By “some,” Obama meant, among others, Trump, who had been a strong critic of the move.

Despite Obama’s end-zone dance, the State Department had badly botched the Ebola evacuations.

Under Bush, the CDC had prepped an evacuation aircraft for flying out contagious Americans. The Obama administration shelved the gear because of the cost, and then failed to make use of it. The evacuation process led to the same infighting between the State Department and the CDC as now.

Dr. William Walters is still on duty. In 2017, Walters was boasting of prepping more Ebola evacuations even over President Trump’s opposition to the practice. And he was once again at the wheel now.

“The question was simply this: Are these evacuees?” Walters explained the decision to evacuate coronavirus patients to the United States. “And do we follow our protocol? And the answer to that was yes on both accounts.”

Consulting President Trump was not part of the protocol even on a major national security issue.

In a Congressional briefing, Walters boasted that, “the Department executed the largest non-military evacuation of U.S. citizens in its history. The safe and efficient evacuation of 1,174 people from Wuhan, China and people onboard the Diamond Princess cruise ship in Japan is a testament to the agility, proficiency, and dedication of our workforce to accomplishing our core mission – advancing the interests of the American people.”

And the triumph of the administrative state and its bureaucratic protocols over the President.

At a State Department briefing, Walters stated that, “The chief of mission, right, through the U.S. embassy, is ultimately the head of all executive branch activities.”

That is the problem. Right there.

Walters got his job in 2011. He’s a relic of the Obama era. That doesn’t mean that his politics are those of his former boss. But this is not about him. It’s about the reality that the White House doesn’t make many of the most vital decisions and doesn’t even know that they’re being made until it’s too late.

The point in dealing with these pandemics is to try to isolate infected people so they don’t pose a threat to the general public. It doesn’t mean shooting them like the North Koreans do; it means taking them somewhere they can be cared for and observed and then letting them go home when they aren’t contagious anymore.

But we have bureaucrats who botch that fairly simple process and then blame elected political leaders out of sheer partisanship.

Coronavirus is China’s doing, not President Trump’s. But if you want to blame somebody stateside, this guy Walters ought to be your huckleberry.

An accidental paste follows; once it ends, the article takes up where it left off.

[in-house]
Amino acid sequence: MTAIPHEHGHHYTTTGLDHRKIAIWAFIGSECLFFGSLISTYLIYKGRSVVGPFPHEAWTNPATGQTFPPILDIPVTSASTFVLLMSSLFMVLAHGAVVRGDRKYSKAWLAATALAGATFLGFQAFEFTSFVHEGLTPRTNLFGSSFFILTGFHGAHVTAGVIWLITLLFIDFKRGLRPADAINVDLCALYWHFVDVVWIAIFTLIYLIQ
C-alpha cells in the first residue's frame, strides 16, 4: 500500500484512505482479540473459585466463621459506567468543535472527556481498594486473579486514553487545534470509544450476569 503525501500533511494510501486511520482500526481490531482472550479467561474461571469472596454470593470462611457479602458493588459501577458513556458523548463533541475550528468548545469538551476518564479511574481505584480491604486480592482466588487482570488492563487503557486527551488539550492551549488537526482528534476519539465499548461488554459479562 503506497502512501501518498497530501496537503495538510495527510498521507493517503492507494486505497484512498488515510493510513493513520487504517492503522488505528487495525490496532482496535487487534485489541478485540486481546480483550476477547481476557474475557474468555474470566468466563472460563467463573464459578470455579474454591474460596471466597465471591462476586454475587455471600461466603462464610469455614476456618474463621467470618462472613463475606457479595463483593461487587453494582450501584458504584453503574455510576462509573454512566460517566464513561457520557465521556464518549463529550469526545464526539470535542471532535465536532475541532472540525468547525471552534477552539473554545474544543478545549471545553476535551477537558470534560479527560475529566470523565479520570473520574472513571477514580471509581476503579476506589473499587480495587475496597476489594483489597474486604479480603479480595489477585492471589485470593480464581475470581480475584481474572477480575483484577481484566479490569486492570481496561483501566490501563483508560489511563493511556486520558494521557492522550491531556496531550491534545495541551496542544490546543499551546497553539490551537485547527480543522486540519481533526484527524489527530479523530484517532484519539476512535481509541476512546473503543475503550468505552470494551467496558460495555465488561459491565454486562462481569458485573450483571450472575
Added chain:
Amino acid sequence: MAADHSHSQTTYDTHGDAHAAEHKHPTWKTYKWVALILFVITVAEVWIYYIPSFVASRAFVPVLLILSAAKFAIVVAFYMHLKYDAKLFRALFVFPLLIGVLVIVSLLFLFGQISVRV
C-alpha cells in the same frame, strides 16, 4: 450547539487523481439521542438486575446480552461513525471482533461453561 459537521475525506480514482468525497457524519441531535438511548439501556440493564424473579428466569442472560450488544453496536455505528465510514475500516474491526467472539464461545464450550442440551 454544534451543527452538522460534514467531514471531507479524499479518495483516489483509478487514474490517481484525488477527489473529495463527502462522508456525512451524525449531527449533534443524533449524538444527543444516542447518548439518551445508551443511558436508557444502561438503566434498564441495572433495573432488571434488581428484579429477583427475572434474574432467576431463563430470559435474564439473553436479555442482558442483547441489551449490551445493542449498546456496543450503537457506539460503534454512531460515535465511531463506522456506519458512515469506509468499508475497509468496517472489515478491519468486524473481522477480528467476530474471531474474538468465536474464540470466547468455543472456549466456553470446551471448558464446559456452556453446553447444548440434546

3. We’re finally getting what we want in Afghanistan.

We had won the war in Afghanistan, which has become the longest military conflict in American history, by 2003 if not before. We’ve been losing it ever since.

President Trump signed a deal with the Taliban over the weekend that amounts to the beginnings of a peace treaty, which finally gets us out of there.

Afghanistan has been a low-grade conflict on the geopolitical scale for a long time, though you won’t get very far telling that to the families of the soldiers in harm’s way fighting it for the past two decades. It’s been a pointless exercise for the vast majority of that time.

It was a foreign policy failure to remain in Afghanistan. It wasn’t in our interest, and we certainly didn’t have the national will, to do what it would take to reform that country into something Western and modern. Afghanistan is a wretched place full of wretched people with wretched customs like old men using small boys as sexual playthings, and rather than at least stamping out such a barbaric practice by using old-fashioned tried-and-true methods like those of, say, Charles James Napier, we’ve hung around for two decades and thrown money at them.

It was principally George W. Bush’s fault we didn’t leave Afghanistan in 2003 when we had routed the enemy and installed a government. If that government fell and the Taliban took back control of the place, nothing prevented us from going back in and routing them again. That would have been cheaper and less deadly than staying for what will be 20 years.

But Barack Obama bears a great deal of blame, because Obama was the one who decided nation-building in Afghanistan should be a geopolitical priority.

At the end of the day, though, Trump deserves credit for having brought restraint to our foreign policy. He isn’t starting wars, and we’re not suffering for that inaction. Maybe, just maybe, a new foreign policy consensus will be built around Trump’s nutty idea that sending in troops when it isn’t in our national interest to do so shouldn’t be done.

Lord knows Afghanistan is a complete enough lesson not to use our military for nation-building.